'Your experiment with austerity economics has failed on living standards, jobs and growth and on deficit reduction too – and the British people are paying the price for this failure.'Today I note that that left wing economic commentator Paul Mason in The Guardian writes:
'The argument that fiscal austerity would lead to deep recession or permanent stagnation has proved false. In part, this is because the austerity is back-loaded, with the heaviest cuts starting now. But the economy has also refused to behave as the doomiest predicted. People have clung to jobs, even at the cost of tolerating zero-hours contracts, wage cuts, pension raids and unpaid overtime.Maybe the headline is the best summary:
It is true that GDP per head is stagnating. It is also true that if you measure GDP against the retail price index, instead of the government-preferred CPI, it is flat. It's also true that growth is patchy regionally – not just between regions but even within small towns, as Rochdale shows. However, the headline GDP figure is important. If, in the next few quarters, its growth is sustained, the narrative of the government's critics on the left will have to change.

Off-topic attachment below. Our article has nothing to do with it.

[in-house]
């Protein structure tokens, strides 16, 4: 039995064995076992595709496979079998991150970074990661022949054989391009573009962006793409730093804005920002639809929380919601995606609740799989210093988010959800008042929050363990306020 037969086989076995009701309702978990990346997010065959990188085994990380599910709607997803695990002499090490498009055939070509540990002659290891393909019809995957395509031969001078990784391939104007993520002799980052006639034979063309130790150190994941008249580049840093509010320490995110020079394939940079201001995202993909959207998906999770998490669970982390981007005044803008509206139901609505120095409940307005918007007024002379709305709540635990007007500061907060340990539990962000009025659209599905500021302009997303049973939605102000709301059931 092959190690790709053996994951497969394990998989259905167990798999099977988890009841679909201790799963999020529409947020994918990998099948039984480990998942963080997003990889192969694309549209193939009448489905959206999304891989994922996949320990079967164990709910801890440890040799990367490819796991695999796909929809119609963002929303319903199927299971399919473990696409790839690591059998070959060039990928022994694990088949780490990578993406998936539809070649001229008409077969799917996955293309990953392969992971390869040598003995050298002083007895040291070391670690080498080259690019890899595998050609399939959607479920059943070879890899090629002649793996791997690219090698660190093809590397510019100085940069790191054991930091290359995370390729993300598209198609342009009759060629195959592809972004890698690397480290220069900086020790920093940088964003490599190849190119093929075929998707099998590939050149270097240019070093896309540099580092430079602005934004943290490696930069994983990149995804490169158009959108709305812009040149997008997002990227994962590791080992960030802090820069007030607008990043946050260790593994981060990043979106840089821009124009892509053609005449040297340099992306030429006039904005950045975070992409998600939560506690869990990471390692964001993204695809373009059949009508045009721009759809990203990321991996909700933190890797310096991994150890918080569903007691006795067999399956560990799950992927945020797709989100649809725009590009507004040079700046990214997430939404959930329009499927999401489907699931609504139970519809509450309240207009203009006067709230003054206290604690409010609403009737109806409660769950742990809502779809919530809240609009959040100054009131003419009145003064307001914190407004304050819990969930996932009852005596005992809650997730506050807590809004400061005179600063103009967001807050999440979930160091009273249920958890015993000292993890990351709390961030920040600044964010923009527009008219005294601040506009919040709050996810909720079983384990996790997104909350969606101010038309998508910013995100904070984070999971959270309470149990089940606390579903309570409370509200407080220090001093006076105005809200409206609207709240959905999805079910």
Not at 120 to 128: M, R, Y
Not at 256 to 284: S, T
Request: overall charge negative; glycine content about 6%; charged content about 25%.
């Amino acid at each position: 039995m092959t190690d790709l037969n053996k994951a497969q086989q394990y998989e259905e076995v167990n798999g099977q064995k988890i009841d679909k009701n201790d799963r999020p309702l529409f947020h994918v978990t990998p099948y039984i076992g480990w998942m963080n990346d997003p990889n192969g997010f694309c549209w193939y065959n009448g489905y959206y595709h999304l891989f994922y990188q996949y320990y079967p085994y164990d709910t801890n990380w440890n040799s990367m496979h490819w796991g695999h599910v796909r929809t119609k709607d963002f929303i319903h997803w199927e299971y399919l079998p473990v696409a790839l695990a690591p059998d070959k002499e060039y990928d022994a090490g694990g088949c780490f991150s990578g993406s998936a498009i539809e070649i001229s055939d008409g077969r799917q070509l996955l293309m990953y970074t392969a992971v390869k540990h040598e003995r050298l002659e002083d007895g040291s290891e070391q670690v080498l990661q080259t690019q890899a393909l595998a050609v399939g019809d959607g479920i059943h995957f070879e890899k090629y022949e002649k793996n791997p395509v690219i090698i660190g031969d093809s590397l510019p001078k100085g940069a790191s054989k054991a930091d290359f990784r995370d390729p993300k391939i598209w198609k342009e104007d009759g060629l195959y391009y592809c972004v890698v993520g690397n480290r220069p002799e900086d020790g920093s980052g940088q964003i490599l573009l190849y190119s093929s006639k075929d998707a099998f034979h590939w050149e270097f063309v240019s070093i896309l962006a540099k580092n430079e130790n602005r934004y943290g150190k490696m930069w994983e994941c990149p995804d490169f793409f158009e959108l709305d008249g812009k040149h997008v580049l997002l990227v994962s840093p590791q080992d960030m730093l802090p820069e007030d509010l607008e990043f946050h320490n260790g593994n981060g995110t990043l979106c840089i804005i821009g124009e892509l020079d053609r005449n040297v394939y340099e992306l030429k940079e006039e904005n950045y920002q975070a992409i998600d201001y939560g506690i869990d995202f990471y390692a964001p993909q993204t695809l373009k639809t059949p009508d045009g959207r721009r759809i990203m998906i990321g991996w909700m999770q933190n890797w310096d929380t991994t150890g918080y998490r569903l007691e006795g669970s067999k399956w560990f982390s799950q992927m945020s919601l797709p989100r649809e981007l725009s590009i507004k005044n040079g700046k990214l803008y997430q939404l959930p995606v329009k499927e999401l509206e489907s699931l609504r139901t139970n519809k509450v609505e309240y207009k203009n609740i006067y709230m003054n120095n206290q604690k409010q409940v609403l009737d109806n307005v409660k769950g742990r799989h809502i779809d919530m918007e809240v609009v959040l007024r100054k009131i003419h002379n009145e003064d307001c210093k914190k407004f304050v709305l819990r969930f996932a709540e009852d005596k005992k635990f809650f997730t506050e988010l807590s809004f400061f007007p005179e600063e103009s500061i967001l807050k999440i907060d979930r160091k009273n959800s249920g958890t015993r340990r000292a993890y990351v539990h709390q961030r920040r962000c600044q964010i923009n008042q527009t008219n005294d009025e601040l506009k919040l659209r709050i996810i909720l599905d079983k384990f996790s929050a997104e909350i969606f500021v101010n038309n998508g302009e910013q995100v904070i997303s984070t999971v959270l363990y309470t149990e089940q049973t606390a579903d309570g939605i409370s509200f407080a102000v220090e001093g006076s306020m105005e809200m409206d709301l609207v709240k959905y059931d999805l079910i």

But sustaining the recovery is where the second political problem begins. Our last mini-recovery was choked off by inflation: real spending power shrank and growth went into reverse. This time there is more government money flowing through the credit system, through Help To Buy, and the funding for lending scheme – where the government underwrites bank lending risks. So this time the recovery may be able survive renewed inflation.'
Ed Balls and reality, now those are strange bedfellows.The economic recovery may be patchy, but the left is wrong to ignore itIt's not the same across the country, but there are signs of growth. The challenge for Labour is how to make the most of the new reality